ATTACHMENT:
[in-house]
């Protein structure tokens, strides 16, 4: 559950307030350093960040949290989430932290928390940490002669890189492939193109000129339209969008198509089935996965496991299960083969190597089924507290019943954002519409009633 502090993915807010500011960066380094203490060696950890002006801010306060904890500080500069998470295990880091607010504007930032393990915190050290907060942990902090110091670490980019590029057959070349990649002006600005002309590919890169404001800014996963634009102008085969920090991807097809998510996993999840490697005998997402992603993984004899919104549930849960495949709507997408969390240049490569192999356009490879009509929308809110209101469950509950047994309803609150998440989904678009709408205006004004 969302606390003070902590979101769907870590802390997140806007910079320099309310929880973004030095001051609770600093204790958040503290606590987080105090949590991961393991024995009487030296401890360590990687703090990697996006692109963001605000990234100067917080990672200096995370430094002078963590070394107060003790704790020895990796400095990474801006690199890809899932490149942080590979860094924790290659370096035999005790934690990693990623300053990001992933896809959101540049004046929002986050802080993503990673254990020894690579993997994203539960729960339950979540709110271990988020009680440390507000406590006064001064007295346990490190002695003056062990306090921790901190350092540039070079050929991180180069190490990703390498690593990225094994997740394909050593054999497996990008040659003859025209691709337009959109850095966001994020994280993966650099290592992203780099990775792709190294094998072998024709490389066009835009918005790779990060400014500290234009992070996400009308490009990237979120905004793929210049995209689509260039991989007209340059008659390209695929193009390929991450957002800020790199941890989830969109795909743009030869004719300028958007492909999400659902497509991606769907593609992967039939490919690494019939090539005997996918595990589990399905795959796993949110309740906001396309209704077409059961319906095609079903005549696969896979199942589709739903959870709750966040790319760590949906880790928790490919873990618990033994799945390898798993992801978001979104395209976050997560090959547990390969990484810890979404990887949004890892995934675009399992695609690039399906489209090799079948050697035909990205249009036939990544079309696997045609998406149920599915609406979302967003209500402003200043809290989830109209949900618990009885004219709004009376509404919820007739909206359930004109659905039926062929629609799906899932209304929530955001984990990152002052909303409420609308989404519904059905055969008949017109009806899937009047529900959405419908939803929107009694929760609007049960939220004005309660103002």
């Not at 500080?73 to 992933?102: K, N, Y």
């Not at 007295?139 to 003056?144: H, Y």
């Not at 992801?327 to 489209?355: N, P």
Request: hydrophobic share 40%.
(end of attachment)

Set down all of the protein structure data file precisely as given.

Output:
[in-house]
């Protein structure tokens, strides 16, 4: 559950307030350093960040949290989430932290928390940490002669890189492939193109000129339209969008198509089935996965496991299960083969190597089924507290019943954002519409009633 502090993915807010500011960066380094203490060696950890002006801010306060904890500080500069998470295990880091607010504007930032393990915190050290907060942990902090110091670490980019590029057959070349990649002006600005002309590919890169404001800014996963634009102008085969920090991807097809998510996993999840490697005998997402992603993984004899919104549930849960495949709507997408969390240049490569192999356009490879009509929308809110209101469950509950047994309803609150998440989904678009709408205006004004 969302606390003070902590979101769907870590802390997140806007910079320099309310929880973004030095001051609770600093204790958040503290606590987080105090949590991961393991024995009487030296401890360590990687703090990697996006692109963001605000990234100067917080990672200096995370430094002078963590070394107060003790704790020895990796400095990474801006690199890809899932490149942080590979860094924790290659370096035999005790934690990693990623300053990001992933896809959101540049004046929002986050802080993503990673254990020894690579993997994203539960729960339950979540709110271990988020009680440390507000406590006064001064007295346990490190002695003056062990306090921790901190350092540039070079050929991180180069190490990703390498690593990225094994997740394909050593054999497996990008040659003859025209691709337009959109850095966001994020994280993966650099290592992203780099990775792709190294094998072998024709490389066009835009918005790779990060400014500290234009992070996400009308490009990237979120905004793929210049995209689509260039991989007209340059008659390209695929193009390929991450957002800020790199941890989830969109795909743009030869004719300028958007492909999400659902497509991606769907593609992967039939490919690494019939090539005997996918595990589990399905795959796993949110309740906001396309209704077409059961319906095609079903005549696969896979199942589709739903959870709750966040790319760590949906880790928790490919873990618990033994799945390898798993992801978001979104395209976050997560090959547990390969990484810890979404990887949004890892995934675009399992695609690039399906489209090799079948050697035909990205249009036939990544079309696997045609998406149920599915609406979302967003209500402003200043809290989830109209949900618990009885004219709004009376509404919820007739909206359930004109659905039926062929629609799906899932209304929530955001984990990152002052909303409420609308989404519904059905055969008949017109009806899937009047529900959405419908939803929107009694929760609007049960939220004005309660103002």
């Not at 500080?73 to 992933?102: K, N, Y």
């Not at 007295?139 to 003056?144: H, Y």
């Not at 992801?327 to 489209?355: N, P």
Request: hydrophobic share 40%.